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Introduction and re-constructive memory

  • Many things can affect the accuracy of EWT. It is known that the main factor of miscarriages of justice is because of false EWT. Eye witnesses swear on oath to tell the truth, but what they think they saw might not be correct.
  • Bartlett (1932) people store fragments of information and when need to recall, these pieces are contructed to a meaningful whole. Reconstruction can lead to inaccuracy as past experiences and beleifs alter the way the information is pieced together. Suggests peoples memories are shaped by how they feel, resulting in EWT not being accurate.
  • Lofus and Palmer (1974) found that leading questions can make the recall of memories inaccurate due to directing the individual to a certain answer.
  • Because of this finding, when interviewing EW, police ask standardised questions to ensure they do not indicate a certian answer is expected.
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  • Stereotypes - simplistic schemas that people have about a particular group 
  • Allport and Postman (1947) - showed participants a video of 2 men (1 white, the other black) in a subway arguing. Participants remembered the open razor being held by the black man, when it was held by the white man.
  • Shows that stereotypes can alter peoples recall - put forward in the social media that people with black skin can be violent and aggressive. 
  • However, study may not be reliable. Does not state whether the particiapnts were black of white - if they were white thay think black people are violent whereas black people may think white people are aggressive. 
  • Affect EWT as study shows that individuals make judgements on peopel because of the colour of their skin and what they previously know. Shows stererotyping can lead to inaccurate EWT as EW may not remember exactly what happened and just fill the gaps with things they think fit the best.
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Face recognition

  • EW sometimes asked to identify individuals at a crime scene. 
  • Buckhout and Regan (1988) - cross-race effect. Individuasl are poor at recognising faces from races other than their own. 
  • Ellis et al (1979) found that haristyle and outline of face wer emroe important for unfamiliar faces (when tying to identify a criminal), if these features arent right EW may make a wrong judgement. Ellis concluded that this was because features suhc as hair adn outline of face are relativley invarient, whereas internal features suhc as eyes are constantly changing.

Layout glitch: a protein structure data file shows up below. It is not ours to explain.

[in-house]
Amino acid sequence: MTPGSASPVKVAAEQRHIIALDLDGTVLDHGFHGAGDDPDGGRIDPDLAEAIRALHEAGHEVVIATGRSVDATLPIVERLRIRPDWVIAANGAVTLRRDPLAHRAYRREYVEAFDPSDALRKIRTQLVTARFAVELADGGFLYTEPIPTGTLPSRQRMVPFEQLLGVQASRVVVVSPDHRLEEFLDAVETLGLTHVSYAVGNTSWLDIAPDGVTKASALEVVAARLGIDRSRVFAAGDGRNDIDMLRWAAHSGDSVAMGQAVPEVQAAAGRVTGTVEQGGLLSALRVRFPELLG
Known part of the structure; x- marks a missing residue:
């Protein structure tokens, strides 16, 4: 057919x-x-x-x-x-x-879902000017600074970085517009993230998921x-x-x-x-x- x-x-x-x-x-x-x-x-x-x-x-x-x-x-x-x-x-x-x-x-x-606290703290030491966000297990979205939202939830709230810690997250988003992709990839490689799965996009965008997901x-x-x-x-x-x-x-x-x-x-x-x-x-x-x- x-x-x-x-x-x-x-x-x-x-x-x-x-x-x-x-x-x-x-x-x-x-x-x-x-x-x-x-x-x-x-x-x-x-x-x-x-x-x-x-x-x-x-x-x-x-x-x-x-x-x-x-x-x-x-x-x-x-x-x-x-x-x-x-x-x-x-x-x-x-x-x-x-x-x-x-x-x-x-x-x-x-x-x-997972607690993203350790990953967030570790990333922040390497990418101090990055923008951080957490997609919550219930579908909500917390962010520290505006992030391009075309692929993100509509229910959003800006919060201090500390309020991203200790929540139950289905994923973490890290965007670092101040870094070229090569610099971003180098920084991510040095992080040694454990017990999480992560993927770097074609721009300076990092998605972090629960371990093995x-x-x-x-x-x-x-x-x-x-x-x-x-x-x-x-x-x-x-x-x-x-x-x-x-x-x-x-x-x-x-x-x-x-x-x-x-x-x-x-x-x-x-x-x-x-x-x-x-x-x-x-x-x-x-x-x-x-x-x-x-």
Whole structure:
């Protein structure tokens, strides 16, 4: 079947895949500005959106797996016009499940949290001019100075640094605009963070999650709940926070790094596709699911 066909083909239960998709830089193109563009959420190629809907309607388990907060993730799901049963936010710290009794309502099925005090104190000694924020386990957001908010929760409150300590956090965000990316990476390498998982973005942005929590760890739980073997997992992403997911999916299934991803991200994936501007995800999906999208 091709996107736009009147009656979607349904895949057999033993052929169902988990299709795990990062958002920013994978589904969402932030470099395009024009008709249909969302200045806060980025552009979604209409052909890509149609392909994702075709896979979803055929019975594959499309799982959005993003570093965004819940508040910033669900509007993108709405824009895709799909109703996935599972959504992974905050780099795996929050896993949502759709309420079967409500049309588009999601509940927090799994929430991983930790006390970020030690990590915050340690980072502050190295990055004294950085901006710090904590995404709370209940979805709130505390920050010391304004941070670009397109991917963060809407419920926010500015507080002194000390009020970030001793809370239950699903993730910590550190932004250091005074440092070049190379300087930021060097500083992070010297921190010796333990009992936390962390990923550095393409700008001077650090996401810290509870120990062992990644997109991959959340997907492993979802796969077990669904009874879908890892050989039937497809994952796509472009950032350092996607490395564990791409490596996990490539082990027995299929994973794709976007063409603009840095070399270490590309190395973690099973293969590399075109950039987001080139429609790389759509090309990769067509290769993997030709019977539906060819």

• Brown et al (1977) said that we may recognise an unfamiliar face but not know where we saw it.
  • Thompson (1988) stated that EW may identify faaces resembling the ones thay have seen on TV as they can confuse source and familiarity. Effect EWT as EW may identify the wrong person as commiting the crime - lead to miscarriage fo justice.
  • These icnclusions were made from lab studies. Lack in EV as variables are so closely controlled. Lead to participants acting with demand characteristics sa they know it is an experiment. Studies may not be reliable so conclusions amy not be true, leading to the statement that these factors may not effect EWT.
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Attributional biases

  • Make EW of a crime things of the suspect in a different way. E.g. EW tend to overestimate internal forces rather than assuming behaviour is inflicted by the situation (FAE)
  • Barjonet (1980) people tended to believe car accidents were caused by driver effors rather than situational factors such as driving conditions. Affect EWT as may claim that a crime was more violent and serious than it actually was as belive it is the suspects personality that is causing the behaviour.
  • Walster (1966) gave participants were given a story of a car rolling down a hill. when little damage arose participants suggested situational factors such as handbreak failure, with greater damage they made dispositional judgements suggesting the driver was at fault.
  • However, low EV as labe study - demand characteristsics.
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Role of emotion

  • Loftus et al (1978) - weapon effect - when a weapon is seen, the witness tends to focus on it rather than the criminal, making it harder to recognise the individual from a range of suspects.
  • Johnson and Scott (1978) - participants, whilst waiting for an experiement to start, were witnesses to a man carrying a knife covered in blood. others were witnesses to a man carrying a pen covered in grease. Participants in the first condition less accurate at identifying the criminal.
  • However independant groups design meaning no control of particpant variables and lots of partipcants needed.
  • Yerkes-Dawson law - performance imporves with arousal up to a point (optimum) but higher arousal reduces performance. Suggests crimes that are relatively frightening would produce the best recall but very scary incidents would lead to poor recall.
  • However Christianson and Hubinette (1993) found that witnesses to a real bank robbery who had been threatened had better recall than onlookers who were not involved.
  • However, ethics - psychological harm
  • Conclusion - various things that cann effect EWT (emotion, attributional biases, face recognition and stereotypes). Means EWT may not be as acuurate as what people think they are meaning it can lead to miscarriage of justice.
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